On your bike! 5 top tips for better shots of cycle sports that anyone can try

How to photograph cycling
(Image credit: Alistair Campbell)

Most of my time is spent shooting pretty static or slow-moving subjects (portraits, for example) – so recently I was quite keen to try my hand at shooting something more dynamic. There are a lot of technical factors that can contribute to capturing good shots of sports; having the right lens and a good focusing system for instance. But there are a lot of physical factors to consider, too: where you position yourself, for example, and even the height you shoot from.

Elements such as the weather obviously affect our shooting style, but are not under our control. An overcast day not only brings a bit of drama to the scene, but also makes shooting in consistent light a lot easier. No matter the natural conditions, though, you can use some simple tricks and techniques to give yourself the best chance at capturing event images you can feel proud of.

This event was part of the Cyclo-Cross series of races run by British Cycling (www. britishcycling.org.uk), which are typically held from October through to the New Year; so now is a great time to find some local events, pedal up that shutter speed and practise your action shooting.

Today I'll be shooting with my slightly older Fujifilm X-T2 which even five years later still packs a punch for shooting sporting events, especially when coupled up with the mighty Fujifilm XF 50-140mm F2.8.

(Image credit: Alistair Campbell)

Five ways to increasing your chances of a good shot at the local race day

(Image credit: Alistair Campbell)

01 Get yourself into a good position

At most local (non-pro) events, you have the opportunity to move around the area. This opens up some great places to shoot from. Standing on a bend will often mean the riders dynamically lean into the frame, and if you’re lucky the shot will be filled by others not too far behind. Just be aware this could be a bit of a risky place to be, so keep an eye on anyone coming at you too fast – and never place yourself in anyone’s way.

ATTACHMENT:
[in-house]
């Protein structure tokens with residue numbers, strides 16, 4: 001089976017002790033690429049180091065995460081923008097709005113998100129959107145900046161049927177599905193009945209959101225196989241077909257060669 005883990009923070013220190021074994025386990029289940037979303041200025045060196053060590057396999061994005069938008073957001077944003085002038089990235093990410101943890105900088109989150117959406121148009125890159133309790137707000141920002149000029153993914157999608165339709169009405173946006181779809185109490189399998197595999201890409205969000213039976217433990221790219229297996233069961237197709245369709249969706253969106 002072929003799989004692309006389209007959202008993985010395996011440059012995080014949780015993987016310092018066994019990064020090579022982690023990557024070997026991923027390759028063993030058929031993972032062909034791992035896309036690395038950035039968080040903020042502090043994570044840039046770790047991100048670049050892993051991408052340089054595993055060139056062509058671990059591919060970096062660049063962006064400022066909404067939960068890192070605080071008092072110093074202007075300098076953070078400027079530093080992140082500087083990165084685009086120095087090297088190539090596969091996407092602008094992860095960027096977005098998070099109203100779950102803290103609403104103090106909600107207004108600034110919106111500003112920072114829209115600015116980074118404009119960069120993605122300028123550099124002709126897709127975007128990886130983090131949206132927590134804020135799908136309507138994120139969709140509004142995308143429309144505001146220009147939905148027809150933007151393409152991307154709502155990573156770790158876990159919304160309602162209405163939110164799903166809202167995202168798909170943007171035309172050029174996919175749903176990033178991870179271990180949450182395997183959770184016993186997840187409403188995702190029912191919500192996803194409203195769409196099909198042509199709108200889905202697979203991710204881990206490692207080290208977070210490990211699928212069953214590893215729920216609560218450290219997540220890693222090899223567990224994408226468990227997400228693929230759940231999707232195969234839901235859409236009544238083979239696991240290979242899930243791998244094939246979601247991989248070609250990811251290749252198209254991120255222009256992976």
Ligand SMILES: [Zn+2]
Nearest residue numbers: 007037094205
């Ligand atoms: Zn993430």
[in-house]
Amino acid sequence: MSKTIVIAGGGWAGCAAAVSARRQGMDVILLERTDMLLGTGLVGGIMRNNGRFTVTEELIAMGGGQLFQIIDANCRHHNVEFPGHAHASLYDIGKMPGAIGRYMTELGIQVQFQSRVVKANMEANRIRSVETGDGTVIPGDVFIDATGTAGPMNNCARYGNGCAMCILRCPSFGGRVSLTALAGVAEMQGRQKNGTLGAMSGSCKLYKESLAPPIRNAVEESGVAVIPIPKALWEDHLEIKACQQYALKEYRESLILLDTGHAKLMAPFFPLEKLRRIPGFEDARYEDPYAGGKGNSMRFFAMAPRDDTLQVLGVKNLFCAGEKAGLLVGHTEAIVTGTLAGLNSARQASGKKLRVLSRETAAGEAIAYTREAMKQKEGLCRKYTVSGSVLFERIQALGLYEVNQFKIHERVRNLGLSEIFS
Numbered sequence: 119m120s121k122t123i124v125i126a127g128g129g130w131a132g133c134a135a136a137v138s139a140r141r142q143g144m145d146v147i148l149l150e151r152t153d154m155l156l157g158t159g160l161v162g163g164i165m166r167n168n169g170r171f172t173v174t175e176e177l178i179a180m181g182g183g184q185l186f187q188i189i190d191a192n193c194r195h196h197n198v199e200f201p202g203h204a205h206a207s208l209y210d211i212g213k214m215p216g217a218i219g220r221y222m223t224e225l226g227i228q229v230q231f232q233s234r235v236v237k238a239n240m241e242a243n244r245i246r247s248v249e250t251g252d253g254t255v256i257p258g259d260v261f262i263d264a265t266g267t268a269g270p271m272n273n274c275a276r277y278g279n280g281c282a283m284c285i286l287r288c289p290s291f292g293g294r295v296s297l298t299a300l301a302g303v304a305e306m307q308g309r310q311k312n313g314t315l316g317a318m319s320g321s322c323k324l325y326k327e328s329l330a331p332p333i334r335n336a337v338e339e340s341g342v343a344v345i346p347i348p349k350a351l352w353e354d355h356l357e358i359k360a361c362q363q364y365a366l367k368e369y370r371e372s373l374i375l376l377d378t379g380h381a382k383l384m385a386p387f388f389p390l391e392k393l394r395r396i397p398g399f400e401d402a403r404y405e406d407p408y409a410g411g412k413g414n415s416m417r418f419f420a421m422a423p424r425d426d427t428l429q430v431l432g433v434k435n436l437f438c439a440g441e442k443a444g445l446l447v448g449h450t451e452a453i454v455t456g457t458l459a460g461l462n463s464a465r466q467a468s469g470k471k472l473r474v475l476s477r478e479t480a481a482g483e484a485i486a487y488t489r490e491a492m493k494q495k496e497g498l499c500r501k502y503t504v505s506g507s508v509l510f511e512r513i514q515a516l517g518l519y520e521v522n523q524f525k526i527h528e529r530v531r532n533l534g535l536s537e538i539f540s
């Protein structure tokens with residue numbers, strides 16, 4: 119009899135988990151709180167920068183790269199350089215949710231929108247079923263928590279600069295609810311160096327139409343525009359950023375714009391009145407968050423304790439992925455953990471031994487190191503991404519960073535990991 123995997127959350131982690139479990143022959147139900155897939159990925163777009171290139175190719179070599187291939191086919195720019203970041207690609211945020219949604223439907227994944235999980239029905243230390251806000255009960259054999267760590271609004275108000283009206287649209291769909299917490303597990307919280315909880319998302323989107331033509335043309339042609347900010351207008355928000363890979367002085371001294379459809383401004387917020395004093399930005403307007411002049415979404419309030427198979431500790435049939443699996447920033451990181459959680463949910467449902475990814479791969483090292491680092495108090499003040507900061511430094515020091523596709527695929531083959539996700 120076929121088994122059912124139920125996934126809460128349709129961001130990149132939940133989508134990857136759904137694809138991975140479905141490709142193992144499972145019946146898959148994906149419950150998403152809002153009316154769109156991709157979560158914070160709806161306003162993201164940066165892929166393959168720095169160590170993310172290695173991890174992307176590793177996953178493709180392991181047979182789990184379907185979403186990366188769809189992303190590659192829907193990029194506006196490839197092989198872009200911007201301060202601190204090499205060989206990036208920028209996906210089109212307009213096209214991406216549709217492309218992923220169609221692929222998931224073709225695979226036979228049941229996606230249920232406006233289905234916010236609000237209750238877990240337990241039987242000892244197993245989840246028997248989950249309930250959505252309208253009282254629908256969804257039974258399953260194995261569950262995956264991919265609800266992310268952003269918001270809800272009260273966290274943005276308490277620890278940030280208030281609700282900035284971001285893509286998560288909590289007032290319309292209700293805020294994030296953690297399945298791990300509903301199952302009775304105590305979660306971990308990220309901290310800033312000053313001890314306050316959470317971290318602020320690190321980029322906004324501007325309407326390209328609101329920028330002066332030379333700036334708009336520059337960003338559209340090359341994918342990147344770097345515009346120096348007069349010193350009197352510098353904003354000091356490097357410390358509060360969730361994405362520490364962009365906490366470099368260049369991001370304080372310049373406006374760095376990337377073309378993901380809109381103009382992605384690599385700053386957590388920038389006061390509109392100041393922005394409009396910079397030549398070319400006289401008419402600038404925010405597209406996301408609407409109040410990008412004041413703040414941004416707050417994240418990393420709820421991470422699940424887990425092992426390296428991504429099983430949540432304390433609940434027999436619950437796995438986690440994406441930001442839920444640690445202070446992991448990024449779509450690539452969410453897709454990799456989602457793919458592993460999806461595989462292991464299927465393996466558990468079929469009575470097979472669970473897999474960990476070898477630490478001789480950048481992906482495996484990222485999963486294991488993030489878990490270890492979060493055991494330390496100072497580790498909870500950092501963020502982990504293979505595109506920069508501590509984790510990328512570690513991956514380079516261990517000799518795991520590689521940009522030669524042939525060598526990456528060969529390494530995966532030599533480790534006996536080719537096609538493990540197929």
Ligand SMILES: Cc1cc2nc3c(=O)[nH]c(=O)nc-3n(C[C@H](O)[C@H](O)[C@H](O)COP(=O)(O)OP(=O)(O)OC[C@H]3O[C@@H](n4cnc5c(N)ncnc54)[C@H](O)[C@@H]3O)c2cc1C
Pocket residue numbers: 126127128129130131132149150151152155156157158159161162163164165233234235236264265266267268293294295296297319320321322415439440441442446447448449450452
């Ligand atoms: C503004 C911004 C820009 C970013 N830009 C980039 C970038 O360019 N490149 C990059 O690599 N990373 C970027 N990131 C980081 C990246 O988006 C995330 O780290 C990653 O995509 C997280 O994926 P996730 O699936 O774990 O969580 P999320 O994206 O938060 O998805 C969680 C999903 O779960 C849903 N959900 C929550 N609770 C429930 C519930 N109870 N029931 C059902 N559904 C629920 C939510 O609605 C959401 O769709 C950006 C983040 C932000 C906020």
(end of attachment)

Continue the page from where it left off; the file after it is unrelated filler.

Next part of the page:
(Image credit: Future)

02 Sort out your settings

Most modern cameras have a ‘burst mode’ that lets the camera capture a rapid burst of frames. A battery grip can be added to my Fujifilm camera to boost its performance further; by simultaneously switching to continuous high-speed burst mode, I was able to fire off around 12 frames per second! If you switch to JPEG-only shooting you'll be able to capture a lot more images before the camera starts to slow down.

(Image credit: Alistair Campbell)

03 Make use of the foreground

Creating a foreground layer in the image is incredibly effective in photography, and it’s easier than you may think. You can shoot across other spectators’ shoulders, through trees or, in this case, by using the racing tape barriers around the edge of the circuit. On a longer lens, this will throw the foreground out of focus, drawing the viewer’s attention to the subject.

(Image credit: Alistair Campbell)

04 Try out some panning shots

This style of image can be tricky (especially if you’re using a longer lens). You’ll need to shoot with a slightly slower shutter speed (1/125 sec in this case) and pan your camera at an equal speed to the rider. This might often render your subject less sharp than you’d like, but just keep practising. Being perpendicular to the rider will help.

(Image credit: Future)

05 Get low to the ground

Not only is this another way to create a foreground with beautiful bokeh (see tip 3), it will also lead to a strong and dynamic composition. If your camera is struggling to focus through the grass, switch to manual and leave it at the correct distance. 

If you’re feeling particularly creative, you could also try experimenting with ‘the Dutch angle’ (a slight tilt) for framing your shots. Although it’s quite an old technique now, it doesn’t hurt to have a bit of fun once in a while. Trying different angles can produce some dramatic shots in action photography.

how to do sports photography cycling

(Image credit: Alistair Campbell)

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Alistair Campbell

Alistair is the Features Editor of Digital Camera magazine, and has worked as a professional photographer and video producer.